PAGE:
Studying the Bible reveals how accurate the text is. This is confirmed by supporting texts such as the Dead Sea scrolls found in caves at Wadi Qumran (see above photo).It also becomes clear that copyists and translators were accurate in their work.
Who wrote the Bible?
The Bible is split into two parts – Old Testament and New Testament.
The Old Testament books were of Hebrew origin and would have been written originally in the Hebrew language. The books basically recorded events and experiences of the Hebrew nation. The New Testament writers were mainly Jews. Even though the books contained therein were originally written in the Greek language.
The question may be asked, did God actually physically write the Bible? The answer to this is that even though the Bible is full of God’s thoughts and tells of his plan for this mankind on this Earth, he didn’t actually physically write the books. He actually got various people to write the books with the inspiration or, in other words, the thoughts of God. The books were written over a period of almost 1,600 years, and their various authors were drawn from all ranks of society. Kings, statesmen, priests, scribes, shepherd, fishermen and scholars all played a part in producing the Bible. These authors would have written in a language they were familiar with – so different parts of the Bible have been written in three different languages.
Yet despite the fact that these people came from all different types of classes in society and from different times in the history of the world, there was still a complete harmony in all the things taught and recorded in the Bible. Each of the writers presents a different point of view of the great plan that God has for this Earth.
When you look at the writings in the Bible and compare it against the ancient records written by historians you will find that the writings of the Bible match the historical writings exactly. No historian or scientist has ever proved it to be otherwise – nor will they ever will. In fact, archaeology or research discoveries serve only to support the Bible.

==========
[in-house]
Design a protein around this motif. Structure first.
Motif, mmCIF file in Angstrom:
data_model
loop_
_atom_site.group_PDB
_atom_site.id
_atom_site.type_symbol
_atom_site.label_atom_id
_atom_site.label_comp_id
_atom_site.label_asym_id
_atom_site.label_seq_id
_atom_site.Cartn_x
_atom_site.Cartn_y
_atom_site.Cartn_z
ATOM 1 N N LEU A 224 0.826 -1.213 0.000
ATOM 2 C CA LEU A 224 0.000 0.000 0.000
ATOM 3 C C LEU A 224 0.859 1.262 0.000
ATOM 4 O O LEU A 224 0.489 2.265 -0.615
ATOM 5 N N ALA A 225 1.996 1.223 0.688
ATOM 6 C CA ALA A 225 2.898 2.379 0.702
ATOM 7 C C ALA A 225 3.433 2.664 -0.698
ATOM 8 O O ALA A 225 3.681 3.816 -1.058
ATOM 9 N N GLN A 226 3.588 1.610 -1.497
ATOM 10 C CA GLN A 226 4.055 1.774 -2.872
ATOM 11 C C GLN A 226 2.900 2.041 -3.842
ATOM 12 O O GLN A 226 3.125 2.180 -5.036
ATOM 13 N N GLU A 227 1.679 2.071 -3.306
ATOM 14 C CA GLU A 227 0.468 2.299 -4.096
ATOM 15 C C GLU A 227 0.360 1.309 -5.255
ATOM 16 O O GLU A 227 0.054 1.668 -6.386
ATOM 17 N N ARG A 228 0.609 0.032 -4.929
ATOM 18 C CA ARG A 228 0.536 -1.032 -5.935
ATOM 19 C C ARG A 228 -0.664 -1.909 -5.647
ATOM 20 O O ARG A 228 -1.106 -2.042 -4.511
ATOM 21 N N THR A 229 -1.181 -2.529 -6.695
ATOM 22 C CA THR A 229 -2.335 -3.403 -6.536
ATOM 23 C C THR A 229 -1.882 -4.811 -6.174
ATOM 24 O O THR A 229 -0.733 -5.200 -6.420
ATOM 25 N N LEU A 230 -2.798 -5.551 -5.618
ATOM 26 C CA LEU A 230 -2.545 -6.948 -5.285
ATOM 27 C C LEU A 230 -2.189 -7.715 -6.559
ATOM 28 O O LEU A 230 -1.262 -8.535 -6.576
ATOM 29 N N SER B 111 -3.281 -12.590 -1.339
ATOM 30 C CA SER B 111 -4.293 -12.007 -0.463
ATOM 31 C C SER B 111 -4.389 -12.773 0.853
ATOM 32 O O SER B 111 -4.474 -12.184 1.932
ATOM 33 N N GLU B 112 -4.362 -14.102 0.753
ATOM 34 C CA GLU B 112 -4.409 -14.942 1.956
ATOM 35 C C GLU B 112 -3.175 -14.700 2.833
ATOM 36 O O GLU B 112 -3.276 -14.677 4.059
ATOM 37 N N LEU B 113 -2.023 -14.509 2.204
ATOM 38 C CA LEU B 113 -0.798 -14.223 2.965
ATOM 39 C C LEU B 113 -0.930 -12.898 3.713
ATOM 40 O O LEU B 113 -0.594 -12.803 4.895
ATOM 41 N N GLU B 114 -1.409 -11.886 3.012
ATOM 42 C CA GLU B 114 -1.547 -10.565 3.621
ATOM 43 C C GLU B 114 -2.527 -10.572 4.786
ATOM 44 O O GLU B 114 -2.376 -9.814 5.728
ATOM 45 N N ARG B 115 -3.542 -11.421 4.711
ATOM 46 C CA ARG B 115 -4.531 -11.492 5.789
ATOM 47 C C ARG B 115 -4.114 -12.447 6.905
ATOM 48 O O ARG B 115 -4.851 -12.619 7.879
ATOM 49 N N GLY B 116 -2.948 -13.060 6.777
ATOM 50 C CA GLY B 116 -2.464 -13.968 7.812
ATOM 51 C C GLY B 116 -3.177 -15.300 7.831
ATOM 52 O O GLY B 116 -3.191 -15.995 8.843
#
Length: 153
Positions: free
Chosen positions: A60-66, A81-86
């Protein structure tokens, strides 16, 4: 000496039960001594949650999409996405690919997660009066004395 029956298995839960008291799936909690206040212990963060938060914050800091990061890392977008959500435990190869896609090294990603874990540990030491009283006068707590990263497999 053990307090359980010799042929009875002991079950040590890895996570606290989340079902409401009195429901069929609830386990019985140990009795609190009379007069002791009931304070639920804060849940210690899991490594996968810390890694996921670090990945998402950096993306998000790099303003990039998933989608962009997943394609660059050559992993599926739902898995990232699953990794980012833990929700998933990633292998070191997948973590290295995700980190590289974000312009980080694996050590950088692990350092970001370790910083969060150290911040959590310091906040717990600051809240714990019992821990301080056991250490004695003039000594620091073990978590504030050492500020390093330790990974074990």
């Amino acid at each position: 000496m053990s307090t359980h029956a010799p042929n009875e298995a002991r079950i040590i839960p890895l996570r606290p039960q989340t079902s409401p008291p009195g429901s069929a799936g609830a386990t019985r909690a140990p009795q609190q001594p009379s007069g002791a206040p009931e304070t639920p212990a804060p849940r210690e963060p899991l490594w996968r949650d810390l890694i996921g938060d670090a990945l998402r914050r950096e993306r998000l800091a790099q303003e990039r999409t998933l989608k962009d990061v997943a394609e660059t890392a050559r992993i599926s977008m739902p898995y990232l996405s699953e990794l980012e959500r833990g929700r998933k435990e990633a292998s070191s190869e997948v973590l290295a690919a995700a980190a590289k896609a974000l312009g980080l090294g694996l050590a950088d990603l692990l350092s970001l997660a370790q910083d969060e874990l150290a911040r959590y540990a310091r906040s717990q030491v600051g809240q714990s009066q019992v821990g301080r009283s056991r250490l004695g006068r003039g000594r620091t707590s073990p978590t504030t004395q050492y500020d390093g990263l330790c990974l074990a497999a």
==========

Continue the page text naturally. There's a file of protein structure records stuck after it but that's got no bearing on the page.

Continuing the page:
Accuracy of copying
The authors of the Bible would have recorded their thoughts on manuscripts. The oldest manuscripts in existence now are, at best, only copies of the original writings. Probably more likely is that they are copies of copies, or maybe even copies of copies of copies of copies!! Some of the more recent copies may have come down through ten or twenty copyists’ hands. So the question could be asked – how certain are we that the best copies we have are not full of copyists’ mistakes?
In 1947 the Dead Sea Scrolls were discovered. The scrolls were found in caves around the Wadi Qumran, north west of the Dead Sea. About 100 scrolls are books of the Old Testament in Hebrew and the manuscripts date from the last few centuries BC and the earliest part of the fist century AD. These ancient scrolls verify the accuracy of the existing manuscripts which included the Septuagint (Greek version of the Old Testament).
Modern day translations
In the middle ages, the Latin Vulgate was the official version of the Bible, but after the Reformation the Bible was translated so that people could read it in their own language. Williams Tyndale’s translation of the Bible into English in 1526 was so controversial it had to be smuggled into Britain.
Today the Bible continues to be translated into more and more languages. For example, the first Bible in Chinese was translated by Robert Morrison and William Milne and published in Canton in 1823.